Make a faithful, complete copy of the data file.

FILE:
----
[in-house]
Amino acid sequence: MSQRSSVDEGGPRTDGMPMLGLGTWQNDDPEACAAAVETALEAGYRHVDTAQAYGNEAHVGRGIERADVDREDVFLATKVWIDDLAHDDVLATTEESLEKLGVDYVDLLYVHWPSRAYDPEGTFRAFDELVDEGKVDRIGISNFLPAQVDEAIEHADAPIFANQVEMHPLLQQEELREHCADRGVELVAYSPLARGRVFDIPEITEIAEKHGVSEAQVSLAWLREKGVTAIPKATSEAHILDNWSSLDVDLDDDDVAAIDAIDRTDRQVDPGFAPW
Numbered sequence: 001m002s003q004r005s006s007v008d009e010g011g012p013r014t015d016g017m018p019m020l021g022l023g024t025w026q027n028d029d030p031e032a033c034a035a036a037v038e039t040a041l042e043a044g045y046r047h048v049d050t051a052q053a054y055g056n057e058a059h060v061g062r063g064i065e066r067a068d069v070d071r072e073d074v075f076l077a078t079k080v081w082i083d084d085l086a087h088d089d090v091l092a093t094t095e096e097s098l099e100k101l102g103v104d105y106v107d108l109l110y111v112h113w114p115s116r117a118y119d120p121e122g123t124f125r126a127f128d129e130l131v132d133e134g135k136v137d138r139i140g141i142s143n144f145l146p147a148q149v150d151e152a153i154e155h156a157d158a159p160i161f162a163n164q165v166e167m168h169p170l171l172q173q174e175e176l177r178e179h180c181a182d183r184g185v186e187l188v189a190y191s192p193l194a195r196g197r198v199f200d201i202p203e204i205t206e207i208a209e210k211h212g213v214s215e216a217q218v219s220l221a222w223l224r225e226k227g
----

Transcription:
[in-house]
Amino acid sequence: MSQRSSVDEGGPRTDGMPMLGLGTWQNDDPEACAAAVETALEAGYRHVDTAQAYGNEAHVGRGIERADVDREDVFLATKVWIDDLAHDDVLATTEESLEKLGVDYVDLLYVHWPSRAYDPEGTFRAFDELVDEGKVDRIGISNFLPAQVDEAIEHADAPIFANQVEMHPLLQQEELREHCADRGVELVAYSPLARGRVFDIPEITEIAEKHGVSEAQVSLAWLREKGVTAIPKATSEAHILDNWSSLDVDLDDDDVAAIDAIDRTDRQVDPGFAPW
Numbered sequence: 001m002s003q004r005s006s007v008d009e010g011g012p013r014t015d016g017m018p019m020l021g022l023g024t025w026q027n028d029d030p031e032a033c034a035a036a037v038e039t040a041l042e043a044g045y046r047h048v049d050t051a052q053a054y055g056n057e058a059h060v061g062r063g064i065e066r067a068d069v070d071r072e073d074v075f076l077a078t079k080v081w082i083d084d085l086a087h088d089d090v091l092a093t094t095e096e097s098l099e100k101l102g103v104d105y106v107d108l109l110y111v112h113w114p115s116r117a118y119d120p121e122g123t124f125r126a127f128d129e130l131v132d133e134g135k136v137d138r139i140g141i142s143n144f145l146p147a148q149v150d151e152a153i154e155h156a157d158a159p160i161f162a163n164q165v166e167m168h169p170l171l172q173q174e175e176l177r178e179h180c181a182d183r184g185v186e187l188v189a190y191s192p193l194a195r196g197r198v199f200d201i202p203e204i205t206e207i208a209e210k211h212g213v214s215e216a217q218v219s220l221a222w223l224r225e226k227g